Super Fan?


I recently got a notification through one of my social media apps that I have been named an Autism Super Fan. My son is on the spectrum. But the “super fan” designation makes me a little uneasy. I am just not sure that’s how I would describe my relationship with autism.


We got pregnant in the mid-80”s. Susan and I made all the appropriate plans, went to birthing classes, decorated the baby’s room and settled on a name. Keaton Grogg (after Buster Keaton, the silent movie comedian) was born in the summer of 1985.


There was nothing profoundly noticeable about Keaton during infancy. Early on we did feel that some of the traditional developmental marks were a bit off. Keaton was speech delayed, he burst into tears at sudden or loud noises, didn’t like the labels in his shirts touching his skin or the feel of the seams in the toes of his socks. Just his quirks, we figured.


Around the age of two, Keaton became fascinated with a Mickey Mouse cartoon where Mickey conducts an orchestra playing the William Tell Overture as a tornado sweeps through town. Keaton waved his arms in perfect sync with Mickey and the music. Right on the beat.


Soon we were buying VHS cassettes of orchestras and Keaton followed along conducting. And his favorite conductor was Maestro Zubin Metha. He loved Metha and would often say “I’m Zubin.”


By the time he was six years old, Keaton was diagnosed with Pervasive Development Disorder and as “mildly retarded.” They still used the “R” word in clinical documentation in the early 90’s. Today his diagnosis is Asperger’s syndrome.


That was when we entered an ad hoc world of parents with kids on the spectrum. A world of word-of-mouth advice with one parent giving a tip about how they cut the labels out of shirts or turned socks inside out to deal with the irritation or another who always carried cotton balls to use as earplugs in noisy environments.


I became very defensive—wanted to protect my child from anything negative—feared bullying from other kids. Had no idea what the future would hold. I just wanted him to be normal—but that notion was fading with every new day.


We moved to Winston Salem in 1993 and found Jefferson Day School, a small school dedicated to children who learned differently. At the time, Jefferson Day was very scarce alternative for families who could not get the knowledge, support and understanding they needed for their kids.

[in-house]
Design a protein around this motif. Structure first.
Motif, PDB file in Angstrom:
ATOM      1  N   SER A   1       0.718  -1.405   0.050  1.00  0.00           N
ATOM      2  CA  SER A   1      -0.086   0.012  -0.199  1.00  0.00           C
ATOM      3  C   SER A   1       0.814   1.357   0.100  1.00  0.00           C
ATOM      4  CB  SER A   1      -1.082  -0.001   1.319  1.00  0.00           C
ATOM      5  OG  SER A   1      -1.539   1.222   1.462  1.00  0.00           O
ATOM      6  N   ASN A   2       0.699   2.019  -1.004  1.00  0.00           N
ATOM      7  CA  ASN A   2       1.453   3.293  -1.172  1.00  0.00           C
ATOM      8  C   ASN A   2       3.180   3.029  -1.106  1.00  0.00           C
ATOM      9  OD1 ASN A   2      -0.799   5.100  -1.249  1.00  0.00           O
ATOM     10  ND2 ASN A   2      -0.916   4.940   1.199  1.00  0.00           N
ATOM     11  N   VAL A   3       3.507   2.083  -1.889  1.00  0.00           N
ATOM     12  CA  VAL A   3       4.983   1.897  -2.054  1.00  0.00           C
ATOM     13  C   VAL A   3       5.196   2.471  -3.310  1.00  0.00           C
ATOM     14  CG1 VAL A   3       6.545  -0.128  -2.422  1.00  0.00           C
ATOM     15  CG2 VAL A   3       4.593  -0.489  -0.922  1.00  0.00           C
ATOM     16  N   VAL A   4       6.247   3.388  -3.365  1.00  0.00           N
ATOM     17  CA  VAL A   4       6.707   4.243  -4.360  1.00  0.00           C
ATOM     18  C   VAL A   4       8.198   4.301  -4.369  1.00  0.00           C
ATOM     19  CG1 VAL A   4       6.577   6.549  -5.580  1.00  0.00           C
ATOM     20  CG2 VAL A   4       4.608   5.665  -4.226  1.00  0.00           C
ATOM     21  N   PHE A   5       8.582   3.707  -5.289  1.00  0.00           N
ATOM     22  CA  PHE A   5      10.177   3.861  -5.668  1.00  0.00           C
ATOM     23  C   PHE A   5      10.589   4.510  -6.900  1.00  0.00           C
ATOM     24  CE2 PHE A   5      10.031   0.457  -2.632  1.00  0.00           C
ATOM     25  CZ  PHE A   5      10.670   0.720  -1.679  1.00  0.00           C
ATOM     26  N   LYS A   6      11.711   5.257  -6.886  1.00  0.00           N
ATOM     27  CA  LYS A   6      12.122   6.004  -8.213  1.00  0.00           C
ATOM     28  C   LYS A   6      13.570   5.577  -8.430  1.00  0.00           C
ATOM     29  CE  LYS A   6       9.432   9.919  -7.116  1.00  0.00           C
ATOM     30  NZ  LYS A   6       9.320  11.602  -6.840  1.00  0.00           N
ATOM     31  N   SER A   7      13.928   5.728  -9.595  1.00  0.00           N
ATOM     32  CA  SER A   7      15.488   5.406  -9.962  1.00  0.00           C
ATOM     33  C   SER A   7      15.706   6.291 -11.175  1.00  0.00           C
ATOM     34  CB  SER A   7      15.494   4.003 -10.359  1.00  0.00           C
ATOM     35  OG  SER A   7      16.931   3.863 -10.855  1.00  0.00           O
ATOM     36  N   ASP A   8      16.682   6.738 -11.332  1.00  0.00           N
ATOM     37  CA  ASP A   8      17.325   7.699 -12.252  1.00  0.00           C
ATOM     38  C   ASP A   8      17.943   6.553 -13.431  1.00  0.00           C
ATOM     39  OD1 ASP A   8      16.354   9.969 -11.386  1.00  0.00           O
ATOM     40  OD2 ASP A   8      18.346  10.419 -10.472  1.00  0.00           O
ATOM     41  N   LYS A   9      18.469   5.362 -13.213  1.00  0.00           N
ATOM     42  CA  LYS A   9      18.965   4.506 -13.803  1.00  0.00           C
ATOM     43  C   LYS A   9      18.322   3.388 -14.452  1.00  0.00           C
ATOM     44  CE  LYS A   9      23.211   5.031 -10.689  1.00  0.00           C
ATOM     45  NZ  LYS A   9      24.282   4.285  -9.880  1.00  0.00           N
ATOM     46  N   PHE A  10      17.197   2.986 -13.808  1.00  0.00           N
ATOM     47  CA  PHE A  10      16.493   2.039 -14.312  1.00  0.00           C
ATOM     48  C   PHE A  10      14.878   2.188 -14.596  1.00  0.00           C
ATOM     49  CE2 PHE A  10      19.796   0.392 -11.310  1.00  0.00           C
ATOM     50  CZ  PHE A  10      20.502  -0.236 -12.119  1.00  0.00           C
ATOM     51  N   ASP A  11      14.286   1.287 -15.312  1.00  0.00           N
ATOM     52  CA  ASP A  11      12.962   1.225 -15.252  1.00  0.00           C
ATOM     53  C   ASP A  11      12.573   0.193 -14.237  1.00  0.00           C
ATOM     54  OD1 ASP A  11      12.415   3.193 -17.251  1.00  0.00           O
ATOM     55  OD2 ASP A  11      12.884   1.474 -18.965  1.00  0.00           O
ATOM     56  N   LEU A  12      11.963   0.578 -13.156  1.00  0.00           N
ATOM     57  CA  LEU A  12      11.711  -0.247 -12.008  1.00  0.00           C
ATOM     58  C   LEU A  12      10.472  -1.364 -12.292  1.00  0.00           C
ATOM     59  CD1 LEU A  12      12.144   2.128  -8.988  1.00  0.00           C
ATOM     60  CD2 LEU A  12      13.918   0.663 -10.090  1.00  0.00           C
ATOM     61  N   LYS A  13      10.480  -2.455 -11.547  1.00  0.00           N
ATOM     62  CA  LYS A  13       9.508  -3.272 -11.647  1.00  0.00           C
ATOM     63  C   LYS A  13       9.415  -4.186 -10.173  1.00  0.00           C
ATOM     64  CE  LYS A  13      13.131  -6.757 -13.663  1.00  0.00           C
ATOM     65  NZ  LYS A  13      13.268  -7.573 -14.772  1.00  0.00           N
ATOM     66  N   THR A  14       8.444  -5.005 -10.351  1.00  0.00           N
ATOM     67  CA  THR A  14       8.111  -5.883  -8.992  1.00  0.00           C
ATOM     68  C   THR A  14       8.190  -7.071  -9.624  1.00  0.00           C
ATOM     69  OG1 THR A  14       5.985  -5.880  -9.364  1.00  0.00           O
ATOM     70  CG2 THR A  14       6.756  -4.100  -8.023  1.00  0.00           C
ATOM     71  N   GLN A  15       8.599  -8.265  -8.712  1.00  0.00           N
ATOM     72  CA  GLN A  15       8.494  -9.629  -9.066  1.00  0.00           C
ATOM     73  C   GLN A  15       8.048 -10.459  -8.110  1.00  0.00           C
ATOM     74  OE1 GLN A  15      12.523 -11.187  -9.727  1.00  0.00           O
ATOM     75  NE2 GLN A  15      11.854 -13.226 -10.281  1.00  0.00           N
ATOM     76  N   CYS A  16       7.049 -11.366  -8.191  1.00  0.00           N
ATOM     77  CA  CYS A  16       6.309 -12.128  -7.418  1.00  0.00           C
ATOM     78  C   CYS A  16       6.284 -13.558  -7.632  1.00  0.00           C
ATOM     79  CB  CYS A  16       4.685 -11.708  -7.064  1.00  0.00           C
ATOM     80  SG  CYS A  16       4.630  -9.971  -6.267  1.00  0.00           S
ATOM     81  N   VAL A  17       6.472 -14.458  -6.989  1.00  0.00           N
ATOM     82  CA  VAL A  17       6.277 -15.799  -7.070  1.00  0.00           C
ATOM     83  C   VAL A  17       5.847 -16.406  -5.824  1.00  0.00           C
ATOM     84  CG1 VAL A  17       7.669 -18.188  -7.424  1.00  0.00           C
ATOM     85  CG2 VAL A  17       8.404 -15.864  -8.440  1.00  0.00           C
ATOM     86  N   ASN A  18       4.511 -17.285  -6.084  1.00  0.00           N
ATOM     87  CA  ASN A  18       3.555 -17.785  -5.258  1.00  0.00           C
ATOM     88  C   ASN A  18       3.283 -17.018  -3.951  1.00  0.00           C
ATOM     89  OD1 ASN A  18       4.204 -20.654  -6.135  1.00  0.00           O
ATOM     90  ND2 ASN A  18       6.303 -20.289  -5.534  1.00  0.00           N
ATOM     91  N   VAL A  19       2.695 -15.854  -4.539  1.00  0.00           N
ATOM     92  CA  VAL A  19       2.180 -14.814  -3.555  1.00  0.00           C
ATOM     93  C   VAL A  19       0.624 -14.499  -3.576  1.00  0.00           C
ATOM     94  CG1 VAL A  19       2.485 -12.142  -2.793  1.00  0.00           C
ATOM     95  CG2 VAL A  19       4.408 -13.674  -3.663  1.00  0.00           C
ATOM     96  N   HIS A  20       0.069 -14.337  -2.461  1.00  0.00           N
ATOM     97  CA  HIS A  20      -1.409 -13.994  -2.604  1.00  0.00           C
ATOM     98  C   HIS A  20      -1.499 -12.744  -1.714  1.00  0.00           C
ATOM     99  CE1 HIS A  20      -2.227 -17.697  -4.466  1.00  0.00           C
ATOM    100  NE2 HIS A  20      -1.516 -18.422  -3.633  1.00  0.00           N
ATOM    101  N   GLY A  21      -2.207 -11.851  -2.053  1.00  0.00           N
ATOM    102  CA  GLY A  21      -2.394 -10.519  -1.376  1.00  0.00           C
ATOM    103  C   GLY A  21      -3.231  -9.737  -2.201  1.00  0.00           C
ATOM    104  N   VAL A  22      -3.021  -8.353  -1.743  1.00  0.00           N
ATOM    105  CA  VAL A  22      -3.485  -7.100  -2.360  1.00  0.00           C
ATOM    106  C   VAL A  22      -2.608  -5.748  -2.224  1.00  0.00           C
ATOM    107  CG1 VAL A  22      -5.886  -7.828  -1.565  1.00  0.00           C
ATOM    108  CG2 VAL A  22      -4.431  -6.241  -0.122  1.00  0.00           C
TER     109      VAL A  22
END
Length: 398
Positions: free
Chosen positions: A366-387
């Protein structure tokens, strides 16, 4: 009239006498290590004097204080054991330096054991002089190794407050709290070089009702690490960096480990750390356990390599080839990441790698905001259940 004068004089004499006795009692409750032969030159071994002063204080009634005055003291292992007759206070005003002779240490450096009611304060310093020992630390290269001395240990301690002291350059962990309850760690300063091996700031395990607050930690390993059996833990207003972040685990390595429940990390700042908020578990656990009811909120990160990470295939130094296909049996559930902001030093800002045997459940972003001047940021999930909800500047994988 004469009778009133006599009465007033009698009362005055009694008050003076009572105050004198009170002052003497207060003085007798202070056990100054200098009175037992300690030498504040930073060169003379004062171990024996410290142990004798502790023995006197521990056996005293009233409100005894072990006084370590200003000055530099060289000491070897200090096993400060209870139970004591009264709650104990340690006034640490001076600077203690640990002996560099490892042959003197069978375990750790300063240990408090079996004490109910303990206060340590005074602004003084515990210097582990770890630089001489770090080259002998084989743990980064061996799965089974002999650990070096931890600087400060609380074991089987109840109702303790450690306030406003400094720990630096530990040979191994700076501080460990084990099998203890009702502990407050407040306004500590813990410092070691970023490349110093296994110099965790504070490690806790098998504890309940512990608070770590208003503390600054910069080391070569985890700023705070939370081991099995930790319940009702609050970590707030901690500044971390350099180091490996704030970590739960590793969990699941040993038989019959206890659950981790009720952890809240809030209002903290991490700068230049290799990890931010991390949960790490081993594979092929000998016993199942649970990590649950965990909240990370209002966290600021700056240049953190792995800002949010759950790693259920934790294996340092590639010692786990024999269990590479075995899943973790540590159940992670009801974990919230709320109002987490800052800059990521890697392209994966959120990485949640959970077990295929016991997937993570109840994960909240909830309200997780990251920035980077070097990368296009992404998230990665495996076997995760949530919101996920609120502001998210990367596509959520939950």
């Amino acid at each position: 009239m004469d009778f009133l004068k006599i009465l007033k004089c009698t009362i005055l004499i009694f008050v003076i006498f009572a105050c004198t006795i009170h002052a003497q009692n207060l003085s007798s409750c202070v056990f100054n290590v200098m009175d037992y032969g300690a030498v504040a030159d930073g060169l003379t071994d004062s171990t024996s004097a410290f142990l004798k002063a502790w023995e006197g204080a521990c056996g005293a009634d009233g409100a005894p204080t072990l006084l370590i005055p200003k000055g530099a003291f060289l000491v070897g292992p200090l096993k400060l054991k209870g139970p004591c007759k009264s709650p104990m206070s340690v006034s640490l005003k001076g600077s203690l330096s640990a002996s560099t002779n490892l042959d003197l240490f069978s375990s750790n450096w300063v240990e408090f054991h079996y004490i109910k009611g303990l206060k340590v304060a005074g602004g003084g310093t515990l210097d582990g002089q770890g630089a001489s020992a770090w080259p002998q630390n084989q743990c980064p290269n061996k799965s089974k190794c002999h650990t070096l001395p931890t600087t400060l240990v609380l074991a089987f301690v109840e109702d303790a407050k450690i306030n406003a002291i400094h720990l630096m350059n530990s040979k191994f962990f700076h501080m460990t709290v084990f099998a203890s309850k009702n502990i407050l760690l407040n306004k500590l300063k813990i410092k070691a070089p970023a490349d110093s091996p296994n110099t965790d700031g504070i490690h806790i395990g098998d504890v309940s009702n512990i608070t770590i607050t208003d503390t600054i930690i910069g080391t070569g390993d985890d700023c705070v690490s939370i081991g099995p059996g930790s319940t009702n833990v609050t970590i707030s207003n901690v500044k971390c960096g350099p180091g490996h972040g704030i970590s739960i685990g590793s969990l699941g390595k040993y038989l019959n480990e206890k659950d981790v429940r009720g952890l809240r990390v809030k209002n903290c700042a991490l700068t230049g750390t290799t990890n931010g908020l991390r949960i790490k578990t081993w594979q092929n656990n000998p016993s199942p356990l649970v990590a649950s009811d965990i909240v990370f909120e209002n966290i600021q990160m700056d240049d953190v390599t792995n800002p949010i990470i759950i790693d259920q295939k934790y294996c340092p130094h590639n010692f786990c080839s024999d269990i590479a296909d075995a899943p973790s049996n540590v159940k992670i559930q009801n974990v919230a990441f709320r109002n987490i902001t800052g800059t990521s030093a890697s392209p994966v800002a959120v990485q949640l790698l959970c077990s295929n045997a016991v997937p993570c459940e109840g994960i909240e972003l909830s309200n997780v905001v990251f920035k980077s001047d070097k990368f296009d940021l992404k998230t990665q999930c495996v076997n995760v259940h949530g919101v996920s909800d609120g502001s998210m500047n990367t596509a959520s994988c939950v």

We took Keaton to meet Vea Snyder, the school principal. Vea leaned in to Keaton asking “And what is your name?” “Zubin,” he said emphatically. I immediately jumped in to explain that his real name was Keaton. Vea just continued to look straight at Keaton, “That’s okay. You can be Zubin.”
From that day forward it has been Zubin. Vea Snyder accepted Zubin for who he was, who he said he was, and nothing less.


What’s in a name, right? Well, that change of name made all the difference. Zubin would be of his own identity and would make his own mark. Over the years, Zubin graduated from high school and college. He became a videographer and has friends scattered all over the globe. And he still has his music.


Now we have returned to Winston Salem and have decided that this will be our and Zubin’s home from now on. The landscape here for individuals on the spectrum has changed mightily since the early 90’s. The resources for the individuals with autism have expanded manifold.


My experience with autism doesn’t make me a “fan” of the reality of the struggles of neuro-diverse individuals. Many families are crushed by the weight of autism.


If I am an Autism Super Fan of any kind, it’s of the folks like Vea Snyder and all the dads, moms, teachers, psychologists, therapists, brothers, sisters and friends who accept, support and love those on the spectrum. Who love and accept kids like Zubin for who they are.

Sam Grogg

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